NEDA chief says bringing down price of agri goods could help improve GDP
Socioeconomic Planning Secretary Ernesto Pernia said the Philippines must push for structural reforms in order to bring down the rising cost of agricultural goods such as rice, fish, and vegetables.
This, as the country’s gross domestic product (GDP) for the first quarter grew only by 6.8 percent, which is lower than the expectation of a 6.9 percent to 7 percent growth.
“The more enduring solutions will require structural reforms. We continue to pressure Congress to amend Republic Act 8178 or the Agricultural Tariffication Act. The lifting of Quantitative Restrictions or QRs on rice should be pursued in earnest, as it will reduce the retail price of rice by as much as P4.00 to 7.00 per kilo,” Pernia said in a briefing held today.
“This will increase the purchasing power of low-income households, aside from bringing down inflation,” he added.
He also said the government needs to restructure the National Food Authority (NFA) to get rid it of its import monopoly and trading functions, so that it can focus on buffer stocking to meet emergencies.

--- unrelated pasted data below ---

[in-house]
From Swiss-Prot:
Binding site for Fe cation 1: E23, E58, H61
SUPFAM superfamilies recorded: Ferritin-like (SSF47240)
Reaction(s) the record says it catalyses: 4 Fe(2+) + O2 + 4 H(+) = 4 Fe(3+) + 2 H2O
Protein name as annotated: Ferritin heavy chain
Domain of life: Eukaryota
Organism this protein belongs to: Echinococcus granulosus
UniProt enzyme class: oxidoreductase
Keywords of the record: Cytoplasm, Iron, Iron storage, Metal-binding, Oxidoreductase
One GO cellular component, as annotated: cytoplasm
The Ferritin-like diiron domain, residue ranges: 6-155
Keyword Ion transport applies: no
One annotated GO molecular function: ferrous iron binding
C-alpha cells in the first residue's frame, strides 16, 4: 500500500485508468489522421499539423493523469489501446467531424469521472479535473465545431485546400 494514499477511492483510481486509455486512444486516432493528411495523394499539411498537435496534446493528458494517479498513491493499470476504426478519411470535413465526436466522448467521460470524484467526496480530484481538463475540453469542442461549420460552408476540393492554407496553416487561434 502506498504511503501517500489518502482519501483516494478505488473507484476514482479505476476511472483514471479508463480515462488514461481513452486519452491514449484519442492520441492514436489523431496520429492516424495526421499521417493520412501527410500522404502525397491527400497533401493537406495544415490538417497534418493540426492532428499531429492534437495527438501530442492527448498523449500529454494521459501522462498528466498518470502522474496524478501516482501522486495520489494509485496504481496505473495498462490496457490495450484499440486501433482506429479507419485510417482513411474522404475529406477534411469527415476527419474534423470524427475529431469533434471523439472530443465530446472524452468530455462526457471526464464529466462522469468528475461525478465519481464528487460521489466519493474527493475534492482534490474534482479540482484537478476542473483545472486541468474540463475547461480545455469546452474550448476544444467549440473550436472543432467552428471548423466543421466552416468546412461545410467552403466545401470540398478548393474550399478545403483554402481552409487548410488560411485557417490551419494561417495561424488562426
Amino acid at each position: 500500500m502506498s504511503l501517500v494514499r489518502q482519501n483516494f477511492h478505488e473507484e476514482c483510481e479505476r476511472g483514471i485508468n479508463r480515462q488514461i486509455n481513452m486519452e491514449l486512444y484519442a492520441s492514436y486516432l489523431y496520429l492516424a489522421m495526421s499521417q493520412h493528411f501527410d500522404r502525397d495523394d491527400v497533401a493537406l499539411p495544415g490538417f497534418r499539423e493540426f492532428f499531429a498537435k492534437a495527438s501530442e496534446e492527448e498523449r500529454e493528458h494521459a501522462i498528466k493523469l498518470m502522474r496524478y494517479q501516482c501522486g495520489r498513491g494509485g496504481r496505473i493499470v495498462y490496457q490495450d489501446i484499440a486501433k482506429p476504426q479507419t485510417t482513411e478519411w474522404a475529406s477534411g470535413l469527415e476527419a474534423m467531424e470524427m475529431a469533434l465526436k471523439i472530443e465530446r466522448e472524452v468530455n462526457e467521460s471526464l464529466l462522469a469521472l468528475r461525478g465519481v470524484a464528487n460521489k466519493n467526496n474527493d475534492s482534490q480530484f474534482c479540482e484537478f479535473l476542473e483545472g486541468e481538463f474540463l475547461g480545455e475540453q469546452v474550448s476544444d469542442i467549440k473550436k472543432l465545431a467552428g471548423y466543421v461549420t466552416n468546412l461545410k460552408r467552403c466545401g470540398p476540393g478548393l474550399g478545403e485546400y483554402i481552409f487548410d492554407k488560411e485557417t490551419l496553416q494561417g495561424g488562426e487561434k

This reform, according to him, is necessary for NFA to focus on its function of maintaining a national buffer stock for food security, and to refrain from rice trading to avoid distorting the market.
“Moreover, we also need to address rising prices of fresh fish, meat, and vegetables. As demand continues to increase with a growing population and expanding economy, reducing food inflation is necessary to increase people’s purchasing power,” Pernia said.
“To ease price pressures in agriculture (i.e. fresh fish, meat and vegetables), we need to promote productivity-enhancing measures. The sector needs efficient post-harvest processes, transport and logistic networks. The sector must also have increased access to innovative technologies and credit programs, particularly crop insurance, which could improve resiliency of farmers and fisherfolk from weather disturbances,” he added.
For investors, Pernia said efforts to reduce the cost of doing business and to ease or lift restrictions on foreign direct investment will be very important.
Easing restrictions in public utilities, retail trade, telecoms, and public procurement are also of high priority.